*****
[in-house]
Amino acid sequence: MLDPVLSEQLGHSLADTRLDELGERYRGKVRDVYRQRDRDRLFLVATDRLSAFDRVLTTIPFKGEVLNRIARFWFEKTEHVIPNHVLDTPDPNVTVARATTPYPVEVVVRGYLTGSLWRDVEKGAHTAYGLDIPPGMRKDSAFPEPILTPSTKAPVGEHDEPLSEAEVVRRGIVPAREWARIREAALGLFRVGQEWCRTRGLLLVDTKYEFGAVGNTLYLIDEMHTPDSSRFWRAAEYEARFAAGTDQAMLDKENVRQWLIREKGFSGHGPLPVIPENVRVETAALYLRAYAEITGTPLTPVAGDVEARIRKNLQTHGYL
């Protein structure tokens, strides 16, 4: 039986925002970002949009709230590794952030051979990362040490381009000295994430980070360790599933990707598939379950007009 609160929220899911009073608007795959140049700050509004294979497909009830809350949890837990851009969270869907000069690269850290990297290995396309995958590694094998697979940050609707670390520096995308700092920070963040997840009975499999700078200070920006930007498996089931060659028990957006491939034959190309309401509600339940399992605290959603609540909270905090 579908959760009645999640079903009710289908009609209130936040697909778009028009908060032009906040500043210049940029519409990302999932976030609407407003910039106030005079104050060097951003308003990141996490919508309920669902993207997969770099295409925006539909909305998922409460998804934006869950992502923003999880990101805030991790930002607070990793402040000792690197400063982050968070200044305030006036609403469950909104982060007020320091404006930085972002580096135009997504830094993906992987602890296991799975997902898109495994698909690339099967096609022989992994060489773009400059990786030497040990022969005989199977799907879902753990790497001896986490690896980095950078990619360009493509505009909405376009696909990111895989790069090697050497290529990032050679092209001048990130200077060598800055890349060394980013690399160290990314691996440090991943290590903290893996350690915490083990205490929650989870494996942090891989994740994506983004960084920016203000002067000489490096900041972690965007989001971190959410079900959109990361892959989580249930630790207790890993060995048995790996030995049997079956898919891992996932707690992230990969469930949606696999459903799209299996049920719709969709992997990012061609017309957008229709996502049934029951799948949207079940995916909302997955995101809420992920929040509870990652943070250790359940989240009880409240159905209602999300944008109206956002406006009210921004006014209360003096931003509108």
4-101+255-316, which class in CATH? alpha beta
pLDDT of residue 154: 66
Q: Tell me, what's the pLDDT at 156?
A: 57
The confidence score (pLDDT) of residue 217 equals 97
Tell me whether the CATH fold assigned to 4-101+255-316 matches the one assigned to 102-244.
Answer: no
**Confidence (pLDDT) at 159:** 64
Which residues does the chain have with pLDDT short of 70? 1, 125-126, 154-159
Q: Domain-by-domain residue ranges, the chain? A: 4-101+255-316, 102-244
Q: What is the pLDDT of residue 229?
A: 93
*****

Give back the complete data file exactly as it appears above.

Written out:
[in-house]
Amino acid sequence: MLDPVLSEQLGHSLADTRLDELGERYRGKVRDVYRQRDRDRLFLVATDRLSAFDRVLTTIPFKGEVLNRIARFWFEKTEHVIPNHVLDTPDPNVTVARATTPYPVEVVVRGYLTGSLWRDVEKGAHTAYGLDIPPGMRKDSAFPEPILTPSTKAPVGEHDEPLSEAEVVRRGIVPAREWARIREAALGLFRVGQEWCRTRGLLLVDTKYEFGAVGNTLYLIDEMHTPDSSRFWRAAEYEARFAAGTDQAMLDKENVRQWLIREKGFSGHGPLPVIPENVRVETAALYLRAYAEITGTPLTPVAGDVEARIRKNLQTHGYL
């Protein structure tokens, strides 16, 4: 039986925002970002949009709230590794952030051979990362040490381009000295994430980070360790599933990707598939379950007009 609160929220899911009073608007795959140049700050509004294979497909009830809350949890837990851009969270869907000069690269850290990297290995396309995958590694094998697979940050609707670390520096995308700092920070963040997840009975499999700078200070920006930007498996089931060659028990957006491939034959190309309401509600339940399992605290959603609540909270905090 579908959760009645999640079903009710289908009609209130936040697909778009028009908060032009906040500043210049940029519409990302999932976030609407407003910039106030005079104050060097951003308003990141996490919508309920669902993207997969770099295409925006539909909305998922409460998804934006869950992502923003999880990101805030991790930002607070990793402040000792690197400063982050968070200044305030006036609403469950909104982060007020320091404006930085972002580096135009997504830094993906992987602890296991799975997902898109495994698909690339099967096609022989992994060489773009400059990786030497040990022969005989199977799907879902753990790497001896986490690896980095950078990619360009493509505009909405376009696909990111895989790069090697050497290529990032050679092209001048990130200077060598800055890349060394980013690399160290990314691996440090991943290590903290893996350690915490083990205490929650989870494996942090891989994740994506983004960084920016203000002067000489490096900041972690965007989001971190959410079900959109990361892959989580249930630790207790890993060995048995790996030995049997079956898919891992996932707690992230990969469930949606696999459903799209299996049920719709969709992997990012061609017309957008229709996502049934029951799948949207079940995916909302997955995101809420992920929040509870990652943070250790359940989240009880409240159905209602999300944008109206956002406006009210921004006014209360003096931003509108």
4-101+255-316, which class in CATH? alpha beta
pLDDT of residue 154: 66
Q: Tell me, what's the pLDDT at 156?
A: 57
The confidence score (pLDDT) of residue 217 equals 97
Tell me whether the CATH fold assigned to 4-101+255-316 matches the one assigned to 102-244.
Answer: no
**Confidence (pLDDT) at 159:** 64
Which residues does the chain have with pLDDT short of 70? 1, 125-126, 154-159
Q: Domain-by-domain residue ranges, the chain? A: 4-101+255-316, 102-244
Q: What is the pLDDT of residue 229?
A: 93